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Uri Levy

Violence mars milestone: This week in Middle East football

The Algerian government has vowed to tackle stadium violence [Getty]

Date of publication: 18 April, 2018

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Clashes between Algerian football fans have marred the 60th anniversary of the founding of the Algerian national team, writes Uri Levy.
It's been a tough week in Algeria. 

A terrible plane crash near the capital Algiers saw the death of 257 people, after one wing of a transport military airplane caught fire, leading to the horrific disaster.

The country's president, Abdelaziz Bouteflika, declared three days of mourning in honour of the casualties and their families. But the tears haven't stopped there.

While most of the country's big events were put on hold, the Algerian Cup semi-final between JS Kabylie and Moloudia Algiers took place as planned, on Friday.

Kabylie was the host for the match, but due to the Algerian FA's requirements, a semi-final venue must contain at least 20,000 seats. Therefore, Kabilye "hosted" the match in Constantine, in eastern Algeria, instead of their local stadium at Tizi Ouzou. 

Chahid Hamlaoui Stadium is home to CS Constantine, whose fans fought pitched battles with Mouloudia's fans earlier this season. The local crowd, with little interest in the game itself, came to the ground seeking to pay back Mouloudia fans for past clashes.

In the stands, a huge brawl was sparked, with several injuries before the referee realised what was happening and suspended the game. One supporter even ran onto the field to beg to referee to halt the match. The country's Civil Protection service took dozens of injured casualties to the nearby Ben Badis Hospital following the angry scenes.

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When the game restarted, the mess continued. Constantine fans, their team not even playing, began to throw rocks at Farid Chall, Mouloudia's goalkeeper.

Eventually, order was resumed and it was Kabylie who prevailed at the penalty shootout, following a goalless draw. But 104 football fans were injured in a cup semi-final.

The sad thing about the violent incident is that it wasn't the only one. On the same day, a league game between Mouloudia d'Oran and Chabab de Belouizdad was halted 12 minutes early after supporters threw projectiles onto the turf, before a pitch invasion threatened the safety of the players.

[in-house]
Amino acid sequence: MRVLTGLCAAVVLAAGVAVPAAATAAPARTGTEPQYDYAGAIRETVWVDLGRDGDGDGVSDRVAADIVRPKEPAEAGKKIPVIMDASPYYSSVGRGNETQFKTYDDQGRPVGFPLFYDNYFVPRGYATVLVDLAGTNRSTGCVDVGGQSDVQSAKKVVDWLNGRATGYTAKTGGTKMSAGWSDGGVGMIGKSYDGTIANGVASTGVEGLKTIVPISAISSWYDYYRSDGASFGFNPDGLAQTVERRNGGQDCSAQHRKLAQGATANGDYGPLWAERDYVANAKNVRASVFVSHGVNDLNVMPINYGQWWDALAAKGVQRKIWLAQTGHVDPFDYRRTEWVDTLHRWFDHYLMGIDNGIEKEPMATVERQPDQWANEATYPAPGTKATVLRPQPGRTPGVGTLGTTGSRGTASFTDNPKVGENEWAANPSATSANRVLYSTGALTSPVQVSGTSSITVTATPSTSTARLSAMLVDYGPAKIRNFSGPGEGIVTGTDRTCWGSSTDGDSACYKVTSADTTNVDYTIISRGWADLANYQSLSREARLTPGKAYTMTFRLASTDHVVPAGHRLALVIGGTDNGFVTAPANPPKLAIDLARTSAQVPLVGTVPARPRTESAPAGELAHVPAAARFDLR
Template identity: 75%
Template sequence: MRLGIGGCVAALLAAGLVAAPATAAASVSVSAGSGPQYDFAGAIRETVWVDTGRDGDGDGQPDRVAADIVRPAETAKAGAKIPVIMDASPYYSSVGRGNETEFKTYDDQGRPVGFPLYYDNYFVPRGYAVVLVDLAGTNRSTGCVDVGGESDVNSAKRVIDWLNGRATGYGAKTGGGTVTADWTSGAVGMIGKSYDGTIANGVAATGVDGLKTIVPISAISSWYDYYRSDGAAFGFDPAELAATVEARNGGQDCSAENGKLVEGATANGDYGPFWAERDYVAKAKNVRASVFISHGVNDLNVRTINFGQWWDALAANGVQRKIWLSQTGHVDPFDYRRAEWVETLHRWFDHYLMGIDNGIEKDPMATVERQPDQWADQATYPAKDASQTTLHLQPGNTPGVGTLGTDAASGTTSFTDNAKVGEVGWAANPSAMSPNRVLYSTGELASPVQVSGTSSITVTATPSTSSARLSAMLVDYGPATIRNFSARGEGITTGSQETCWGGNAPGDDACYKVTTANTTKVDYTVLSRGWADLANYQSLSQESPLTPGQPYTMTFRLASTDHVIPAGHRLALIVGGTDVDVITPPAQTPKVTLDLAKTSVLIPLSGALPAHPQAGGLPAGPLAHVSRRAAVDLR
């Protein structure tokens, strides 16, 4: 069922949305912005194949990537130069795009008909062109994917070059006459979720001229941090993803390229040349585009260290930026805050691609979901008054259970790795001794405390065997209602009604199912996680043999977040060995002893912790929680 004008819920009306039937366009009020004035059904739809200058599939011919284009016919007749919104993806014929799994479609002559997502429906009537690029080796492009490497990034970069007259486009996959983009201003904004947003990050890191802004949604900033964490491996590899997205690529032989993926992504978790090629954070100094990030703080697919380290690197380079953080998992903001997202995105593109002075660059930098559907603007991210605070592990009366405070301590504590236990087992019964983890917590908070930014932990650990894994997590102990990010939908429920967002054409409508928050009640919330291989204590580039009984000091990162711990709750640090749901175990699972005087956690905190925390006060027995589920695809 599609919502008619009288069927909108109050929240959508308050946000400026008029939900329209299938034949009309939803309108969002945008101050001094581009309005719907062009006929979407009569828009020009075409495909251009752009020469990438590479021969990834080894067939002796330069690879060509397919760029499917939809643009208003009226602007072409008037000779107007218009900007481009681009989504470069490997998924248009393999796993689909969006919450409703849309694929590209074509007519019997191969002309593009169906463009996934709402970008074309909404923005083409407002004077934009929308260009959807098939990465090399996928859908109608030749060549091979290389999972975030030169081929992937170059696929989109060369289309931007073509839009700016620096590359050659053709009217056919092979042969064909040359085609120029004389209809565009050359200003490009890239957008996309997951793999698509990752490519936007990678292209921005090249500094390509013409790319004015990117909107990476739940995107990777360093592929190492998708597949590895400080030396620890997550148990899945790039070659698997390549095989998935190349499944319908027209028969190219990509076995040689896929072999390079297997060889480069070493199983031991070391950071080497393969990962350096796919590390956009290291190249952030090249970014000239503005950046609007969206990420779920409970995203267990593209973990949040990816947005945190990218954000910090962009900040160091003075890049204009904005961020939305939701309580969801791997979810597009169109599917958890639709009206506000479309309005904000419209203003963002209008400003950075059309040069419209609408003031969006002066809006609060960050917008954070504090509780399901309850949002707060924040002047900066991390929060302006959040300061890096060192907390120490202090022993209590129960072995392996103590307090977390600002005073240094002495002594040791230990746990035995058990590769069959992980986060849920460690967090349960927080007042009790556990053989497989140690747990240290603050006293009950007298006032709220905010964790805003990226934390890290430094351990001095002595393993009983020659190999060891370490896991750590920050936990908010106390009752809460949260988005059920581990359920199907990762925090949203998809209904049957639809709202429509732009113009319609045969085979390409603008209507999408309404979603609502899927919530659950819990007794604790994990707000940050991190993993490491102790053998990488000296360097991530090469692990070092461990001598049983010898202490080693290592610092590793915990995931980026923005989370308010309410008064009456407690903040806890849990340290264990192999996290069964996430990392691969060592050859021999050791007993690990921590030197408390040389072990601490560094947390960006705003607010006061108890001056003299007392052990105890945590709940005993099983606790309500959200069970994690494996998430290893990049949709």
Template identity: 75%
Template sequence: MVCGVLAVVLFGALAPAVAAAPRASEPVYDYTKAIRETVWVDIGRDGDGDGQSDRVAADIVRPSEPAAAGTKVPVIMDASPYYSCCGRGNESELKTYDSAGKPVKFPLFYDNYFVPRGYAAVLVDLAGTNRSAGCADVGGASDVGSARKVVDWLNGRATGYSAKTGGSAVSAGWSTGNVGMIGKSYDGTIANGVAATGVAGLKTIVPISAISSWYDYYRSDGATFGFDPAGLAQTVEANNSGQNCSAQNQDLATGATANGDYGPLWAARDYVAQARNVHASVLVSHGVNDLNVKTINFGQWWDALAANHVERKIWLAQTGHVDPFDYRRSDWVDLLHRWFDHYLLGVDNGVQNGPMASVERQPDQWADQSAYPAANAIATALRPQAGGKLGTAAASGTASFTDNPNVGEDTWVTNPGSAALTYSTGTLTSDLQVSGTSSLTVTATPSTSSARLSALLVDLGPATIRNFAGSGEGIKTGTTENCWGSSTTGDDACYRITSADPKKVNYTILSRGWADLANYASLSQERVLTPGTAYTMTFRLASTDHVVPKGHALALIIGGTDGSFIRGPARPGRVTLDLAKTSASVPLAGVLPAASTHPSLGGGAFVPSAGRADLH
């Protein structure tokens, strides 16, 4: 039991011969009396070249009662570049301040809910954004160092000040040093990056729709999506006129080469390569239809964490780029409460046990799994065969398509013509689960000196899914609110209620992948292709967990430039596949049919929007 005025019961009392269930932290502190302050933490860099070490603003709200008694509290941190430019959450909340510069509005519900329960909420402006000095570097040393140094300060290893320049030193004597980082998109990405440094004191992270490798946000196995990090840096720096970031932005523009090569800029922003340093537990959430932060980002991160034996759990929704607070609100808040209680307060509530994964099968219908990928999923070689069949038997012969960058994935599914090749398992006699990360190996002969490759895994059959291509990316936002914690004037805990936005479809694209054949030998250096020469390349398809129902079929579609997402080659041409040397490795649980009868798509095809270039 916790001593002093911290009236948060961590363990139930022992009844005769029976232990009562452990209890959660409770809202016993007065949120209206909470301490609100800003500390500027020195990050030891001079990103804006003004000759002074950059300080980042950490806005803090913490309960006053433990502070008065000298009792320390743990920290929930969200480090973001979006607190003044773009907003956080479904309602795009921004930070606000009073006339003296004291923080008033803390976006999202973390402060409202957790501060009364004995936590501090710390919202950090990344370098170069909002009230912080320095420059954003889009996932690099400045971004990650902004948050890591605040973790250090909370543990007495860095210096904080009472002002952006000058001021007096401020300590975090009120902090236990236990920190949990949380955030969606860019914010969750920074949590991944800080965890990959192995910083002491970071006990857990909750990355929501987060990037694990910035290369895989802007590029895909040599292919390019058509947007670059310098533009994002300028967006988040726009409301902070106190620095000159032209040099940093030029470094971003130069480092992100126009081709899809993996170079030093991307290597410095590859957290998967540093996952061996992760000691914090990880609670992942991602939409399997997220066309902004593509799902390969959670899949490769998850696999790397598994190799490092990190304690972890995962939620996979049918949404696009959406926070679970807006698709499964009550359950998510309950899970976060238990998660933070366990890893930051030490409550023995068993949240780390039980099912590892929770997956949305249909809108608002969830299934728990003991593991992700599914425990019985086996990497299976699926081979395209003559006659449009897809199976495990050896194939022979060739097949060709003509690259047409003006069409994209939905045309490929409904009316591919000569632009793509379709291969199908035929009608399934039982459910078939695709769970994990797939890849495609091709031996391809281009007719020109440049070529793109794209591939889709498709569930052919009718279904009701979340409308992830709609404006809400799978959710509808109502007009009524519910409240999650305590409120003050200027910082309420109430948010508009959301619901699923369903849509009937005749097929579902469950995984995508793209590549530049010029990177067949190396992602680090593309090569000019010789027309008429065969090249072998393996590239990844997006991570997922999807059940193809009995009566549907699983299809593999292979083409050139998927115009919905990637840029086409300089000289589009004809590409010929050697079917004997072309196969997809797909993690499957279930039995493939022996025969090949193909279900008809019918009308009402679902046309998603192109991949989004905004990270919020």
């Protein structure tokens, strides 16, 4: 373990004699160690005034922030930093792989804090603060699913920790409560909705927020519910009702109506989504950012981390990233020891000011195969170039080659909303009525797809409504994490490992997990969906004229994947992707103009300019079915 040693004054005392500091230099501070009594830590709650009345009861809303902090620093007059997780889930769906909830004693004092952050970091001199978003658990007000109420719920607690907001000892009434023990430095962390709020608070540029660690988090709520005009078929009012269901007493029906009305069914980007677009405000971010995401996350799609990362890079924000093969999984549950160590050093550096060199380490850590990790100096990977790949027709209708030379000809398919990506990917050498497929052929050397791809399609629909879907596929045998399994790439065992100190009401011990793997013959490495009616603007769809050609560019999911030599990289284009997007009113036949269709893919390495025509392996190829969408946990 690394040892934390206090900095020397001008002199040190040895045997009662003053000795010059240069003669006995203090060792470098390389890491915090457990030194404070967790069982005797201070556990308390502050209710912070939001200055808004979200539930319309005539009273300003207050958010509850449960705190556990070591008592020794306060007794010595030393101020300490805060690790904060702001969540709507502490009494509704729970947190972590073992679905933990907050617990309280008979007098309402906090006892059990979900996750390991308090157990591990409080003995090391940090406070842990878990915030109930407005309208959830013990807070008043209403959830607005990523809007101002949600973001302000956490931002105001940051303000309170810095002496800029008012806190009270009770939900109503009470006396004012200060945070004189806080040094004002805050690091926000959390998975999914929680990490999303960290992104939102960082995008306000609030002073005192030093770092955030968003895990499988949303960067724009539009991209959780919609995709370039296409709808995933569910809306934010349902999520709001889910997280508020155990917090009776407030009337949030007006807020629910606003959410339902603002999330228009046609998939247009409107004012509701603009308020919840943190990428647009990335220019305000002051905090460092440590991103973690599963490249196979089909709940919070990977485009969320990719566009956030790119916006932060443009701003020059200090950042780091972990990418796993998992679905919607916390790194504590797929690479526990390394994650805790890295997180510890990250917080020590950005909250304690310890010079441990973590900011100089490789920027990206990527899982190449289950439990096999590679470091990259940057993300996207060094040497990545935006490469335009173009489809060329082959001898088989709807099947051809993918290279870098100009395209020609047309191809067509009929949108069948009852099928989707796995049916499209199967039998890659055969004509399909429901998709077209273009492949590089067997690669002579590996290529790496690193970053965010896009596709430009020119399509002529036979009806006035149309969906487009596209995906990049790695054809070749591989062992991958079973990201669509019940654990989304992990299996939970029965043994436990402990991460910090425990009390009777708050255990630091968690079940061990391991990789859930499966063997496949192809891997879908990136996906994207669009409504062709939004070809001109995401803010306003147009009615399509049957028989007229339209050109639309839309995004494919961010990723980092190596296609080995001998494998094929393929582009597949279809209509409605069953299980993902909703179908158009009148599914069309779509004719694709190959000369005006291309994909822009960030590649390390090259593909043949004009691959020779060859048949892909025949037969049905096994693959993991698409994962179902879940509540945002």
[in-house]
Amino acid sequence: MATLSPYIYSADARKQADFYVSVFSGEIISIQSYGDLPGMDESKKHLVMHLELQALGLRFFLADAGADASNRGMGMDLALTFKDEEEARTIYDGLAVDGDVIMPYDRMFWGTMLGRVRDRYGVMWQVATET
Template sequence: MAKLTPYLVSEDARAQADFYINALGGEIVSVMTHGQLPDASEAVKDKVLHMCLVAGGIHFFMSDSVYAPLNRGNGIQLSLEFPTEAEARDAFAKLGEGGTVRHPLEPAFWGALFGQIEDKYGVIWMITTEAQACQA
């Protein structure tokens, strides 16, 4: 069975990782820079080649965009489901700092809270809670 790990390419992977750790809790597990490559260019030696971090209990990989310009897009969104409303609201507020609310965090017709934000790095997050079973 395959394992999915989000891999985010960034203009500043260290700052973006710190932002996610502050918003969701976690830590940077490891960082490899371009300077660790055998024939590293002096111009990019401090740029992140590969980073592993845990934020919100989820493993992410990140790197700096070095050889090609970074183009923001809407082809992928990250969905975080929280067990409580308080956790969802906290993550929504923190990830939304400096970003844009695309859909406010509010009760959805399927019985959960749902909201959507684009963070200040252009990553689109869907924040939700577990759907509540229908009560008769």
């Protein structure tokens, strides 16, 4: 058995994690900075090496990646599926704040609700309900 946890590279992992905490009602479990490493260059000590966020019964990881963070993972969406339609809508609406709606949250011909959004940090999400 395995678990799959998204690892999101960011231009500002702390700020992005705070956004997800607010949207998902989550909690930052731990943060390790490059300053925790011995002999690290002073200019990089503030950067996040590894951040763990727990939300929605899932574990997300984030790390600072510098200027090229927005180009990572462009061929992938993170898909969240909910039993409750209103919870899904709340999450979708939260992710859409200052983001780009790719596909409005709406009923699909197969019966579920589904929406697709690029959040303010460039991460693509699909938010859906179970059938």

On Monday, Algerian authorities vowed to tackle stadium violence, with the Ministry of the Interior revealing new "measures and firm decisions". 

Stadiums in the North African nation are regularly the site of clashes between rival supporters. Tragically, in 2014, Cameroonian Albert Ebosse was killed after being hit by a missile thrown from the stands, while playing with the same JS Kabylie. 

This Friday was also the anniversary of one of the most notable legacies in Algerian football - the foundation of the first Algerian national team.

On April 13, 1958, twelve Algerian footballers playing professional football in France left their clubs and congregated in Tunis to create an Algerian national team - the FLN (Front de libération nationale) national team.

At the time, Algeria wasn't even an independent country, and the team began to travel the world in order to promote Algerian national identity and lobbying for Algerian independence from French colonial occupation.

Back then, FIFA threatened sanctions against any national team that played against the FLN team. Nevertheless, the team played 90 matches against the likes of China, Vietnam, Yugoslavia and the USSR - despite France trying to stop their activity.

The FLN team had a major part in promoting Algerian national identity in times that such a thing was not even "legal", all while a civil war was ongoing in the country.

Algeria is a great and passionate football country. Football is part of its roots and its national identity. The level of talent and and number of people who play the game here is huge. The local scene is rich with diverse and eclectic crowds, impressive choreographies and pyrotechnics in the stands, and much more.

Yet, as in many other places in the world of football, violence is still major part of the game's culture.

Uri Levy runs the popular football blog BabaGol, which covers football and politics focusing on the Middle East. Follow him on Twitter, and read his blog here

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